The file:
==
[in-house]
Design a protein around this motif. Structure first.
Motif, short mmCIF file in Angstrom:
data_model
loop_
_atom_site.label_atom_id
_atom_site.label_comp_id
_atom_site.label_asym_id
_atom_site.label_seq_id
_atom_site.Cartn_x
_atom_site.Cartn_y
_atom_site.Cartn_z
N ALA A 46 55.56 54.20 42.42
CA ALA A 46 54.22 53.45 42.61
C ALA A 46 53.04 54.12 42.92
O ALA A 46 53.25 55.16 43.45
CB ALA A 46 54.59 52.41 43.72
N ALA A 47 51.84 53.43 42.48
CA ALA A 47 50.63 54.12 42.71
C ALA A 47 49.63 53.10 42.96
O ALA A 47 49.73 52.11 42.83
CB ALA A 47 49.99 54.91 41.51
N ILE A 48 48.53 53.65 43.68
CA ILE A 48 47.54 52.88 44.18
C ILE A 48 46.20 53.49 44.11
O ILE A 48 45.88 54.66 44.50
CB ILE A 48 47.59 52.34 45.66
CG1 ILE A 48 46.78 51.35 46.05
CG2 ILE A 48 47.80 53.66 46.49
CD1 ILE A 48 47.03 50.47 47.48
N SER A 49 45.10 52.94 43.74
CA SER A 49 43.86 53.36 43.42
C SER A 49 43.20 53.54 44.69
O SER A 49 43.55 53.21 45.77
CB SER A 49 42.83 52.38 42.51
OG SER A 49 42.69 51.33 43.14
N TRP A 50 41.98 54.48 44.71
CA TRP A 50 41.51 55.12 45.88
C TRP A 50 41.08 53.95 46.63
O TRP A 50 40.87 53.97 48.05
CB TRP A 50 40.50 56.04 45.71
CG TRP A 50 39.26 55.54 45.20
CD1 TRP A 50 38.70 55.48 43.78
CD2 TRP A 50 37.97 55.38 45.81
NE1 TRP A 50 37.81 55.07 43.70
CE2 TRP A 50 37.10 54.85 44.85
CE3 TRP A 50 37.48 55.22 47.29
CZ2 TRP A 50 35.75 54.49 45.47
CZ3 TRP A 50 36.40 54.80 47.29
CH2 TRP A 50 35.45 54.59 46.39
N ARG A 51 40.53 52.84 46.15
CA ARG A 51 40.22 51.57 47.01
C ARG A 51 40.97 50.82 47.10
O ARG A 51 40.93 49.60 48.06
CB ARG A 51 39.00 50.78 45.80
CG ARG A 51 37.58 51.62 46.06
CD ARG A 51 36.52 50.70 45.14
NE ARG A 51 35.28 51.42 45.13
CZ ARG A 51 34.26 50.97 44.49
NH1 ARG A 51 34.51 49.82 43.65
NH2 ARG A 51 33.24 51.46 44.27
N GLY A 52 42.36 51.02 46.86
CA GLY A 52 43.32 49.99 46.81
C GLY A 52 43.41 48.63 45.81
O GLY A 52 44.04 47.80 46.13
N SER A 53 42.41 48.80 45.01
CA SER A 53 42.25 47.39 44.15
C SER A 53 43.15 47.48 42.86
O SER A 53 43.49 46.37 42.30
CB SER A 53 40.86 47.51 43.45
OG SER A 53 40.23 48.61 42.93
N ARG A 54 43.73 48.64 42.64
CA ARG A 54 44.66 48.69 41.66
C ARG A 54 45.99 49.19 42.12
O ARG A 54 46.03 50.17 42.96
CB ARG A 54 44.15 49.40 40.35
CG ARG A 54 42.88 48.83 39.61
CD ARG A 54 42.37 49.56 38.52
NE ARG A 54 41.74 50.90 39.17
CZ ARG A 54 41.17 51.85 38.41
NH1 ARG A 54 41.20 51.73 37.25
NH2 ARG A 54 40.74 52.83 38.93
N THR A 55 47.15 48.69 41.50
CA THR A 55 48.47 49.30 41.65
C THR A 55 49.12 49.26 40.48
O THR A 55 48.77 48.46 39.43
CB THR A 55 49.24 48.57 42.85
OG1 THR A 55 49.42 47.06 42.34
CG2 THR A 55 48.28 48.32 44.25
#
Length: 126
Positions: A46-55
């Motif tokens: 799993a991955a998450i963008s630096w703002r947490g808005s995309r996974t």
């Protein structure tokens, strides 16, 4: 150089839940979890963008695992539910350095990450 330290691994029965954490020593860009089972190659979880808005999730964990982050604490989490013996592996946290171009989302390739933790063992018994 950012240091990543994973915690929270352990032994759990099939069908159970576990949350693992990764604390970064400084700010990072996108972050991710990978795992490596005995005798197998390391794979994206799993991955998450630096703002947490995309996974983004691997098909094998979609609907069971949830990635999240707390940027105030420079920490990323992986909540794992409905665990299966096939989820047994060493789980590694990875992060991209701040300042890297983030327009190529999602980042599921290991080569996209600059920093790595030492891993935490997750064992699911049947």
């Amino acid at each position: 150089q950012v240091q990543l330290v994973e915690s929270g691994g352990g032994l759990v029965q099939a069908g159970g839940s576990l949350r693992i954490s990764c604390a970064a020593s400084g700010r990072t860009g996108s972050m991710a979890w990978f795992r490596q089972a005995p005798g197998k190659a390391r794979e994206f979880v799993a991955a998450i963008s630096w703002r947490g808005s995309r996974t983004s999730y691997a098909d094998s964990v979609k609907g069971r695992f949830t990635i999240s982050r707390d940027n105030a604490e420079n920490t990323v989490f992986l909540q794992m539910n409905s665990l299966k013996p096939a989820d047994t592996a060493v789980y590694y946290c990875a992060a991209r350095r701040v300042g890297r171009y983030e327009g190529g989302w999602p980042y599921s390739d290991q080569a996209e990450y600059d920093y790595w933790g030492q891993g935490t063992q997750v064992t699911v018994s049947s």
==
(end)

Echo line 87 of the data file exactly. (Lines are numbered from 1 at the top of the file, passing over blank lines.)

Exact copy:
CB THR A 55 49.24 48.57 42.85